Spend time with grape growers, and you’ll eventually hear them lament, “I’d love to rip X variety out of the ground and replace it with Y variety, but it would cost a fortune in time and money.”

It’s true; the process of plowing up acres of vine, then planting new rows, can be cost prohibitive. I’ve heard from many winemakers over the years who tell me they’d love to get rid of their hybrid varieties. They’d love more riesling, for example. But it’s not like pulling up a Rose of Sharon and replacing it with a bed of Impatiens. Vineyard replacement can require a huge amount of labor. Then, the winery using those vines will have less material to work with, meaning less money coming in for a little while. The new planted vines will require several years before they can produce anything useful.

The solution that a few New York State producers have found lies in a technique called field grafting.

Instead of starting new, field grafting involves a crew grafting a new a vine on old trunks, which are left in the ground. Unfortunately for New York producers, local crews aren’t trained in the technique. That’s why Ravines Wine Cellars (in the Finger Lakes) and Peconic Bay Winery (on Long Island) turned to crews from the west coast.

In June 2009, Peconic Bay grafted seven acres of new malbec onto what used to be merlot. The winery discovered one of the most compelling reasons to try field grafting: time. The 2010 harvest included what General Manager Jim Silver called a “small crop of outstanding malbec.” Silver says the survival rate of the new plants was 95 percent.

grafting2“We were so pleased that in 2010, we grafted five acres of chardonnay over to 2.5 new acres of pinot noir and 2.5 new acres of cabernet franc,” Silver said. The grafting took six days, with a crew of only two people. Silver explained that Peconic Bay covered their flight from California, their hotel and meals. Other costs included the budwood, and the crew charged roughly $1 per plant. Peconic Bay found the work to be a tremendous value.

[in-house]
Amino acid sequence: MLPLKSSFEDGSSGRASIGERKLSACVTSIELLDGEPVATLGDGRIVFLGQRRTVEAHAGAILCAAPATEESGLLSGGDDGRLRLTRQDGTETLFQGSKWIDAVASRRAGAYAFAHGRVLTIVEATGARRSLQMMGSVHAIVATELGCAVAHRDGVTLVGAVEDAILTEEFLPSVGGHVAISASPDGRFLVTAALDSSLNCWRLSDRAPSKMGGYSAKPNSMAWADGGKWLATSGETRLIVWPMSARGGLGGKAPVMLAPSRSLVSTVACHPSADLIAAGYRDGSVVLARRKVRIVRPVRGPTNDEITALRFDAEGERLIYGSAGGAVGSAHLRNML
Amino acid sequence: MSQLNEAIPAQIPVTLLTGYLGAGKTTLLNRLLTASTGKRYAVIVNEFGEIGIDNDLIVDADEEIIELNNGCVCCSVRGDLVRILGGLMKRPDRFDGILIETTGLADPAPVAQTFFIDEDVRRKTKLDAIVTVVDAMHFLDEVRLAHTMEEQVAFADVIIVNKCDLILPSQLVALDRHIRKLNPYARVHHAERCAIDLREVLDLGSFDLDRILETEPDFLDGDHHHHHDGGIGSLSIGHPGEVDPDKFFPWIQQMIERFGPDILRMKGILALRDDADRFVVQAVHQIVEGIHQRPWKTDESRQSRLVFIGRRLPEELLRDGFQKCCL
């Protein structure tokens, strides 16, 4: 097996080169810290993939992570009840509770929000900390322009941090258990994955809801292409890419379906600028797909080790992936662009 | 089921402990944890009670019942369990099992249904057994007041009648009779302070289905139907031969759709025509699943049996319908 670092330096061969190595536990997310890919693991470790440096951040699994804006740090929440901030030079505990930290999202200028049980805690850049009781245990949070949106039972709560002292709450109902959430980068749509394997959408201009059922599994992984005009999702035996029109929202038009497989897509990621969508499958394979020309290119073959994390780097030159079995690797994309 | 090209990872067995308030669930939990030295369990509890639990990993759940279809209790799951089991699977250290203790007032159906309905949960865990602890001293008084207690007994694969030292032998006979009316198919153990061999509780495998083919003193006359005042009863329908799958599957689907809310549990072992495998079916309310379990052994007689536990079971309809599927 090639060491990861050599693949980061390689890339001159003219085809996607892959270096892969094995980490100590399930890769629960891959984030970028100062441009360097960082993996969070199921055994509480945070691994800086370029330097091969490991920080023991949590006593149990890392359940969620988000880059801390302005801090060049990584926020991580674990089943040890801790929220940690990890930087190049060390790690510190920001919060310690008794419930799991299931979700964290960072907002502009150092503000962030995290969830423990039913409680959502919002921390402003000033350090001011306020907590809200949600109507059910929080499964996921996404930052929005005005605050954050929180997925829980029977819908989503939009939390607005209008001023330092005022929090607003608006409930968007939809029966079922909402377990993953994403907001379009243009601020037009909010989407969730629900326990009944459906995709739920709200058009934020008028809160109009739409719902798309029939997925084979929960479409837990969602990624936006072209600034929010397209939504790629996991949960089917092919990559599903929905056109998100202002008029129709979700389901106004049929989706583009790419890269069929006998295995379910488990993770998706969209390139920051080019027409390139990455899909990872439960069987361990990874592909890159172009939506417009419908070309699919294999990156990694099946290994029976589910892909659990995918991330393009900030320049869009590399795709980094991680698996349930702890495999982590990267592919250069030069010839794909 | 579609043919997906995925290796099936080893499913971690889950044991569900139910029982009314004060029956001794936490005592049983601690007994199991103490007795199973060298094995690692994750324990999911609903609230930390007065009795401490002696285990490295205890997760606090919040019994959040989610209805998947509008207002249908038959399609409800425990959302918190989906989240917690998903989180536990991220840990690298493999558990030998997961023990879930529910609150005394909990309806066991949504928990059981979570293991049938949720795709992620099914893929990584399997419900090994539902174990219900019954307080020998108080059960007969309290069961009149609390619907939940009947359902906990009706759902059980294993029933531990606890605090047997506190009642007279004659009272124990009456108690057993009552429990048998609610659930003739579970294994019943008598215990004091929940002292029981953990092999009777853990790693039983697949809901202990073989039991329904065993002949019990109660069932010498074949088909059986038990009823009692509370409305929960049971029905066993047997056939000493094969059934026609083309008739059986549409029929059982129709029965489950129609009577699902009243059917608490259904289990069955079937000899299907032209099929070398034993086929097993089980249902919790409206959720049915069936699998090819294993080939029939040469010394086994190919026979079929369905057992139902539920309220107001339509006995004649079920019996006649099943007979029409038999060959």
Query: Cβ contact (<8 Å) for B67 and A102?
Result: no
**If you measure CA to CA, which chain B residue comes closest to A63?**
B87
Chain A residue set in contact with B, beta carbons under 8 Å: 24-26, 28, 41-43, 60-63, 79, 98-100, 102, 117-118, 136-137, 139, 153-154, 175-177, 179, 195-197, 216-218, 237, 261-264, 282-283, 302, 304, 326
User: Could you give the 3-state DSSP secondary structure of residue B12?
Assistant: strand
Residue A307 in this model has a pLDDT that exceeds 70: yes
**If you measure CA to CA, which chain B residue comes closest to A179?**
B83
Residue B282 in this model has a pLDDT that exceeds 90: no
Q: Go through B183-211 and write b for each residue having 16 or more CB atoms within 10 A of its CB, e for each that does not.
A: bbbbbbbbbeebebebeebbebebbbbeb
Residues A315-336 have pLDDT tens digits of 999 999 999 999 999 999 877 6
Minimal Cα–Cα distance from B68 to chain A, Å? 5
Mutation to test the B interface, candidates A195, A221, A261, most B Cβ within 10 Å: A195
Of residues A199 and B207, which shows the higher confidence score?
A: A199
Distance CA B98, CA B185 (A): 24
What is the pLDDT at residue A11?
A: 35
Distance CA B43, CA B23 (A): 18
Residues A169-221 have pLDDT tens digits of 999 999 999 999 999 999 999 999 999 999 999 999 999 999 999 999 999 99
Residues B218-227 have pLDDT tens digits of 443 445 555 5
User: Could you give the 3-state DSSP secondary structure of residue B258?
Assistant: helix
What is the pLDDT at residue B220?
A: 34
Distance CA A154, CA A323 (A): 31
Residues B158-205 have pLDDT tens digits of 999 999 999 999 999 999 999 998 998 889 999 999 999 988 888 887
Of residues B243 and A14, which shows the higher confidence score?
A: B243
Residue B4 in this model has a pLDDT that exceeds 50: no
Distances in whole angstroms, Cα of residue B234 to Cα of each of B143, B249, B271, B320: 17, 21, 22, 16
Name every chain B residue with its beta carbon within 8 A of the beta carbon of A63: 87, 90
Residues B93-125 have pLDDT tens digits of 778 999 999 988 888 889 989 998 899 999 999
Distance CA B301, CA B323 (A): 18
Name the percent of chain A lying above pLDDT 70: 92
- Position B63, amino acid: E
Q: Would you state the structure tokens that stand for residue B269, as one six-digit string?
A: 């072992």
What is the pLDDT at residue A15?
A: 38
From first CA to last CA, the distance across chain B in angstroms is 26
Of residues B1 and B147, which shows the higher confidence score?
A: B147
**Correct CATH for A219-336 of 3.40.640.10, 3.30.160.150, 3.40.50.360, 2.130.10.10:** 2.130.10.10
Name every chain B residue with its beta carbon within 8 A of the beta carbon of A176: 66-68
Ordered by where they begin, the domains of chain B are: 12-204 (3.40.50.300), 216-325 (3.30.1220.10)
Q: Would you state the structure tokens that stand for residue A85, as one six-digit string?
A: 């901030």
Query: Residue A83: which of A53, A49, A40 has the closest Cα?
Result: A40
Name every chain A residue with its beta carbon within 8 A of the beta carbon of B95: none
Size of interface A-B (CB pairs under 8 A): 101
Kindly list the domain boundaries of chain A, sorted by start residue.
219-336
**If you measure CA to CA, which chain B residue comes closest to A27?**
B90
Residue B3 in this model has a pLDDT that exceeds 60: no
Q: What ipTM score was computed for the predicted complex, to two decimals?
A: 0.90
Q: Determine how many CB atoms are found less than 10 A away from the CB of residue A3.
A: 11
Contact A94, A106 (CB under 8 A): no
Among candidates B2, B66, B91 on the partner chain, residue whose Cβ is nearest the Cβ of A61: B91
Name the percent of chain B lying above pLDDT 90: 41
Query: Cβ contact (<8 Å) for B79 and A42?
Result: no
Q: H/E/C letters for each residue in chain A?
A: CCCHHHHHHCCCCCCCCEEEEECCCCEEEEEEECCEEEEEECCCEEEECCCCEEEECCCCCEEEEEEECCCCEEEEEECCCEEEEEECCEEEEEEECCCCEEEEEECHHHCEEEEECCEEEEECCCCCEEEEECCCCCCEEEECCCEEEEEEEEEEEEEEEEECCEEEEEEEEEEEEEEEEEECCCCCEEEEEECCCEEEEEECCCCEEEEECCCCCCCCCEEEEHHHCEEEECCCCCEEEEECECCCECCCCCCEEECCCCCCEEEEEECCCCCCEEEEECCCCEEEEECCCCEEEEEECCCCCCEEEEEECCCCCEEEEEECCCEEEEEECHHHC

Ravines grafted 1.5 acres of riesling over corot noir at their new White Springs site; they also grafted 1.5 acres of chardonnay and riesling over what used to be pinot girs, then finished the field grafting with half an acre of riesling over valvin muscat. For winemaker Morten Hallgren, it was a lower-risk operation, especially with corot noir, which is about as popular as a dental exam.

“The field grafting was hugely successful,” Hallgren said. “We have at least a 98 percent take, with great bud viability.”

Peconic Bay and Ravines offer a small sample of what is possible in the future. “If field grafting became more widespread, we could finally start to match grape varieties to sites,” Hallgren said. “Think of all the great sites planted to hybrids and sometimes even natives.”

There is one significant risk involved in field grafting: The operation leaves the plant exposed to winter kill. That’s because the graft union is too high to be “hilled up,” a process of packing earth around the base of the plant to insulate it during winter. After a field graft, the union is roughly knee-to-waist high.

“We’ll have to see how that works out,” Hallgren said. “There is a risk of winter injury. The last time we were hit hard was 2004, so we’re optimistic.”

Hans Walter-Peterson, a Viticulture Extension Specialist for Cornell University’s Finger Lakes Grape Program, sees potential and risk. “Until we have a lot more confidence that climate change will make it unnecessary, the inability to protect that graft union would probably be the biggest concern,” he said. “There are some guys who are trying it on a very small scale, just to see what the results might be.” Ravines, Walter-Peterson noted, took a larger swing at field grafting.

During a visit last summer, Walter-Peterson was impressed with the field grafting at Ravines. “The results in the vineyard are really good. All of the vines looked healthy and grew well.”

For wine lovers, this might seem like an inside-baseball kind of technique. But it’s worth following the progress, because it marks another step in New York State’s mission to identify the best varieties for each individual site.